Four Marys

by Paisley Rekdal

Paisley Rekdal

Madonna del Parto, ca. 1460, Piero della Francesca

Are the drapes drawn open or being closed?
Each of the heavy, velvet wings is clasped
in the hands of a little angel, a little man really,
in the shades of plum and mint green that frame
the birthing tent's opening for a girl
who retreats into or emerges from the dark.
It isn't clear: the perspective is such
that if I cover the painting's
top half with a hand, Mary steps forward;
if I cover the lower, she shrinks back,
her blue bodice split at the bulging seams
to show the pear-white cut of her linen shift,
the great weight of the child she is about to bear
and later bury. And even if I didn't believe
the child would rise again, I would believe the artist
had seen such fear paint a girl's face
when the eldest women in the village
were called for help, and fresh straw brought in
if there wasn't a bed, and hot water, and rose oil to rub
over the hips, and vinegar and sugar water
to drink, and hog's gut and a thick needle
to sew her up with later. Even if I did not believe
in Mary's joy, I would believe in her pain, the quick flick
of her thoughts turning to the sister, or the cousin,
or to her own mother who'd died giving birth,
the baby, too, not making it, for the birth
was in winter: ice so clogged the village's
deep ruts that the midwife's cart slipped
into the soak dike, splitting the wood wheel
in two, and by the time the woman could walk
the steep hill up to the villa, the mother had torn,
and in the rush to save her, no one worked
quick enough to cut the cord wrapped
around the baby's throat. Or the baby came out
strong and fine, but died two years later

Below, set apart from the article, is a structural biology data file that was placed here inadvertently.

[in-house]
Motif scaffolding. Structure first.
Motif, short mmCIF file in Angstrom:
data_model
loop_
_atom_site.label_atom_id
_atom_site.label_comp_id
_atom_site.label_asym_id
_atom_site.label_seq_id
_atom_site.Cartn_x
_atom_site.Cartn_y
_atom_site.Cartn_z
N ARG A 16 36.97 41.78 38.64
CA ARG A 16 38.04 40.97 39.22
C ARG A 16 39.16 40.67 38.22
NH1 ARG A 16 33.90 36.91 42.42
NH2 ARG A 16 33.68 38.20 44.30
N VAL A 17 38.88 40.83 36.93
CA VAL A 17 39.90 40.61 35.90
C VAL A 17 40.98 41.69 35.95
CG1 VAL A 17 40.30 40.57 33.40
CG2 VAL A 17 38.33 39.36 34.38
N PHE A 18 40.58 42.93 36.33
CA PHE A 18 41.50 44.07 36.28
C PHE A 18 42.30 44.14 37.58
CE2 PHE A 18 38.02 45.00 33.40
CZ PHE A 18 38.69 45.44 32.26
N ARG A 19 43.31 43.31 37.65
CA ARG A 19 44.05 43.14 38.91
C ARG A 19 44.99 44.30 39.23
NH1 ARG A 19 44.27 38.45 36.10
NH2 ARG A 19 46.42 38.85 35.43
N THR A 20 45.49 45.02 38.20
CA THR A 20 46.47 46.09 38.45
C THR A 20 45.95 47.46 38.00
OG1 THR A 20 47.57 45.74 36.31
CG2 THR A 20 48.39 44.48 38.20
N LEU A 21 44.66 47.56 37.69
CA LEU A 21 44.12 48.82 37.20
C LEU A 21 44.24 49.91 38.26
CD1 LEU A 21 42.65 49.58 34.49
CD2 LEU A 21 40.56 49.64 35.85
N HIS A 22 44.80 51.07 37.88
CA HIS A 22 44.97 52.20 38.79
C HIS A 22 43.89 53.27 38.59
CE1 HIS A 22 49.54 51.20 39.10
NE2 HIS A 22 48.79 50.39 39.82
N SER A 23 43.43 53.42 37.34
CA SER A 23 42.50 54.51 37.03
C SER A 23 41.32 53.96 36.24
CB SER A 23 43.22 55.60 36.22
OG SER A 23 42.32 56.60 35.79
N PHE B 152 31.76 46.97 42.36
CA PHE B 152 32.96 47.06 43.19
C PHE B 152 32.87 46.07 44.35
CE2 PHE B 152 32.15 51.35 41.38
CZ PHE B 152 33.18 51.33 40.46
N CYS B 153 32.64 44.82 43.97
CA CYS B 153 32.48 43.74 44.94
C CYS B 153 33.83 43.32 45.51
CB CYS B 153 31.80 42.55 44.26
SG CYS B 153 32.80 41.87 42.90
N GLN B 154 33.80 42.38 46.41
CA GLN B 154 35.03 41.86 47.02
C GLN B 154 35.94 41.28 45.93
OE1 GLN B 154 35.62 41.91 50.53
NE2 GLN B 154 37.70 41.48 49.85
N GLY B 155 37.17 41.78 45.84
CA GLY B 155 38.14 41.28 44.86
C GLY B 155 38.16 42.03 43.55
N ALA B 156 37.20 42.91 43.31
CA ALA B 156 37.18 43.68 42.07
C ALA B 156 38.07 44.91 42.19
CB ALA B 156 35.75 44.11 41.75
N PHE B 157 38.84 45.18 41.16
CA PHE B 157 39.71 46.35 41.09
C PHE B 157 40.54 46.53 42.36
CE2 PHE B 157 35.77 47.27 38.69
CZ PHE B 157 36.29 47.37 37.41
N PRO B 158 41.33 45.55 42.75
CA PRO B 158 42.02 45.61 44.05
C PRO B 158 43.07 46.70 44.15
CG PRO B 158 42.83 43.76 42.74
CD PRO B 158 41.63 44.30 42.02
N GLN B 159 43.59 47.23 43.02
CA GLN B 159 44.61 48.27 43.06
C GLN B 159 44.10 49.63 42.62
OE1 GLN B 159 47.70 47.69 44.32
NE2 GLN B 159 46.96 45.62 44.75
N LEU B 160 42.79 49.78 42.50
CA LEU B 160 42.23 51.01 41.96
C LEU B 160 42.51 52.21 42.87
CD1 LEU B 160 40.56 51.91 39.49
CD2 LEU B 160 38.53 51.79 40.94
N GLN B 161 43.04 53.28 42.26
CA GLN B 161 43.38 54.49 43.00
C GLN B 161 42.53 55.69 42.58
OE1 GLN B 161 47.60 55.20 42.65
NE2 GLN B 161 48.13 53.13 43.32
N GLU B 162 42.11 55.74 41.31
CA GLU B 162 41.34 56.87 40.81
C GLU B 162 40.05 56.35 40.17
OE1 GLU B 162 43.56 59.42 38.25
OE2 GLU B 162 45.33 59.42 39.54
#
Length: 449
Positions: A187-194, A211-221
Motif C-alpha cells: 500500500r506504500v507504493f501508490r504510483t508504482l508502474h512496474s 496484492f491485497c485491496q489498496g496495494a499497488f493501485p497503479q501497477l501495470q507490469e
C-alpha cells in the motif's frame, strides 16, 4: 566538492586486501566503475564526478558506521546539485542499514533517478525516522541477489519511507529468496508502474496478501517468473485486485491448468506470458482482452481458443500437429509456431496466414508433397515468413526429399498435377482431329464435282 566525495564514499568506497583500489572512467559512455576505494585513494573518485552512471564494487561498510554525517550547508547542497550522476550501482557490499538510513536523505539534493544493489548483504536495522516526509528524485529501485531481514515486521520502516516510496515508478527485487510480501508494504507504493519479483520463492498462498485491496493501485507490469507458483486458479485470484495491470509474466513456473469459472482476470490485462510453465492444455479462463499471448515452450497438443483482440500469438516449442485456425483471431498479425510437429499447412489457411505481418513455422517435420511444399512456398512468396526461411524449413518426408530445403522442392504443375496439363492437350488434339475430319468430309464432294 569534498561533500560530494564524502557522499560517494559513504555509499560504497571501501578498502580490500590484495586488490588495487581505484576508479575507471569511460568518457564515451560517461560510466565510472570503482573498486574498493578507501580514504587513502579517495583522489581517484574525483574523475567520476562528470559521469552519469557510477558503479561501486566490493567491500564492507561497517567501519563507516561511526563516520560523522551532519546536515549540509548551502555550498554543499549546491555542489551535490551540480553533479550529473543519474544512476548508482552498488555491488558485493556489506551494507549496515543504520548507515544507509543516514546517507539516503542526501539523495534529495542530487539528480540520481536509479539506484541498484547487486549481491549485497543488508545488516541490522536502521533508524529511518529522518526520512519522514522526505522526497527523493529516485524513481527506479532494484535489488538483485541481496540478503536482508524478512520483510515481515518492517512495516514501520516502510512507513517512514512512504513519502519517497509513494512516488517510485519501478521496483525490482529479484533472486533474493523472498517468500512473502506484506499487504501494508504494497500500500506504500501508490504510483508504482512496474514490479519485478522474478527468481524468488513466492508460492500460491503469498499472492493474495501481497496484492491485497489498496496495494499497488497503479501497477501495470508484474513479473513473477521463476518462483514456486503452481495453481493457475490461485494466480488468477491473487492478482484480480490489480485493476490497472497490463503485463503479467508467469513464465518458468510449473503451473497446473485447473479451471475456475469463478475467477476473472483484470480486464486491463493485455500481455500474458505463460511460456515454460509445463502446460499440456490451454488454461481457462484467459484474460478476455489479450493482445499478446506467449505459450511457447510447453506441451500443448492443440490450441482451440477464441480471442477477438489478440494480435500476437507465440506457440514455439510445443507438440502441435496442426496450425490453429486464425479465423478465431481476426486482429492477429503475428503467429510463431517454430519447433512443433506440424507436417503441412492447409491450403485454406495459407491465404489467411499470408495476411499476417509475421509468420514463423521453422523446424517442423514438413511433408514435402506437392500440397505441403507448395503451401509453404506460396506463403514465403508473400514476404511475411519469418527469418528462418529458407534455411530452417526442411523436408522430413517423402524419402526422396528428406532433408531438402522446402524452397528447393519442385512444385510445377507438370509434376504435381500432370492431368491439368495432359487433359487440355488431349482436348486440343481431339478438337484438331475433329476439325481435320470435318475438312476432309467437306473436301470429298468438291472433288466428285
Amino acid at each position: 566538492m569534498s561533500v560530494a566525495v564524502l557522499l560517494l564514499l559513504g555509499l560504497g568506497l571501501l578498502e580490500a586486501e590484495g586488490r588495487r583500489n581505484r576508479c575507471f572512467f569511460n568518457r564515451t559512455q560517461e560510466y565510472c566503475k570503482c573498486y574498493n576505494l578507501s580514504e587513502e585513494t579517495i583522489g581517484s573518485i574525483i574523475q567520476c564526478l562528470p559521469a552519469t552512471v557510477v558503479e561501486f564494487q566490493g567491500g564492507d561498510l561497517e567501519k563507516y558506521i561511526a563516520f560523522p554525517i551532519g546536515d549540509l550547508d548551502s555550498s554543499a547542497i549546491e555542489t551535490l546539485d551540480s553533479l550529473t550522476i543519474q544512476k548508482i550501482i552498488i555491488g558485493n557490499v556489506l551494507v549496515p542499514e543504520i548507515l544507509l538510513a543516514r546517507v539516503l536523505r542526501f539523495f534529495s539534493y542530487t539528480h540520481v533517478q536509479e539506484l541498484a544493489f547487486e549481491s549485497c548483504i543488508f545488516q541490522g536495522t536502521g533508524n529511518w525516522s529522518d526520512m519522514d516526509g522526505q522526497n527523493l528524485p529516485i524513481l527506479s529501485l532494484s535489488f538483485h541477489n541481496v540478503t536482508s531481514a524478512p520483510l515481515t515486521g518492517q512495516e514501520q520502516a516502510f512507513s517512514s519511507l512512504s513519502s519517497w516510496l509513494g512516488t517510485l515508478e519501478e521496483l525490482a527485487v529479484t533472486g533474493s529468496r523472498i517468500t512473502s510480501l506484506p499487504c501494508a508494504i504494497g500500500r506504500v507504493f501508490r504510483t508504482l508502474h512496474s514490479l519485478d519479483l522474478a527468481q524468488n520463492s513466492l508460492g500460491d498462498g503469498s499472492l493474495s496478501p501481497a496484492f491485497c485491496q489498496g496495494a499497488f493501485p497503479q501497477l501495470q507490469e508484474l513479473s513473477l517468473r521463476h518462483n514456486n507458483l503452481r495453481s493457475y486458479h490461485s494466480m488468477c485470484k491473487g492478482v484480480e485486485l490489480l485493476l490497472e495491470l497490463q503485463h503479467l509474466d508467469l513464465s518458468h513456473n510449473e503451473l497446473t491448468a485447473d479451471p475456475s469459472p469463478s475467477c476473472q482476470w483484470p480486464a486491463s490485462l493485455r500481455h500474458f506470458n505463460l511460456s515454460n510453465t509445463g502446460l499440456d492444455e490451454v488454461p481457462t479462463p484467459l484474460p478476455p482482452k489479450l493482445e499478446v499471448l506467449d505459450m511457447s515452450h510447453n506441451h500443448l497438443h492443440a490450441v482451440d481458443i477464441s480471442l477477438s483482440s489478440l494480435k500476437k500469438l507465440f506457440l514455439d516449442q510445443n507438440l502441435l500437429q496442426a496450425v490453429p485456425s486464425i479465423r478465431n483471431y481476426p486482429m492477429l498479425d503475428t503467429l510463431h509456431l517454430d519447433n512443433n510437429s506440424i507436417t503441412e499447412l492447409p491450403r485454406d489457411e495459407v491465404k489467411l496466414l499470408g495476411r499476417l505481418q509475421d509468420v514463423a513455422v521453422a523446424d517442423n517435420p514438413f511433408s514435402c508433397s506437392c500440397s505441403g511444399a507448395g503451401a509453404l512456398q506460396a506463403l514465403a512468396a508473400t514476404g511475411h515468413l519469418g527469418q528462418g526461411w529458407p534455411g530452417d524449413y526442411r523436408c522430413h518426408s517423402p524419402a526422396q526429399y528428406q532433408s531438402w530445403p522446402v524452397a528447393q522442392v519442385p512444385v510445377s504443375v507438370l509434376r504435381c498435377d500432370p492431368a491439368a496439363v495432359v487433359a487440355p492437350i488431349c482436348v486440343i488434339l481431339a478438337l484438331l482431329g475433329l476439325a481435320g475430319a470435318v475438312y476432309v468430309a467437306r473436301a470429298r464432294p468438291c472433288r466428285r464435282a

when it stumbled into a fire, or was bitten by a rat
and sickened and starved, or caught the fever
that spread through the town when all the animals
were stabled inside the houses for winter.
So many people died, so many people
were supposed to die, it's hard to conceive
of how the mothers survived their grief,
and how they named their next, living baby
after the dead one because the name, at least,
was good. It's hard to know whether I should read
the deepest grief or resignation or both in the line
from Mary Shelley's 1818 notebook, the year
her daughter, Clara, died, two weeks
after Mary had given birth to her. Woke this morning.
Found my baby dead, all the little black scratching pen
could add to paper, and the rest was blank,
and then there were months, and then
there was Frankenstein. Piero della Francesca
painted an embroidery of pomegranates
into Mary's birthing tent, symbol of fruitfulness
and the underworld, of a mother's grief
and of her rage to get her child back, the daughter
both dead and alive to her, as Mary knows her own child
is both dead and alive to us. A winter fruit
for the winter birth of a rich woman
whose house wanted to ward off a grueling
delivery, and so whose midwife would feed her
pomegranate seeds to sustain her, a fruit
the midwife herself would eat only once, as payment
from the duke for the son she finally ushered
into the world for him. Such a strange, leathery
skin, though the color was bright
as blood on fresh linen, and who could have expected
those glistening cells packed inside, wet prisms
in the ruby eye of a ruby insect, or the heart
of a god who take what he wants
and never gives it back. The midwife took the fruit home
and split it with her husband and tried not to think
of the bed of the girl she'd just left, its stains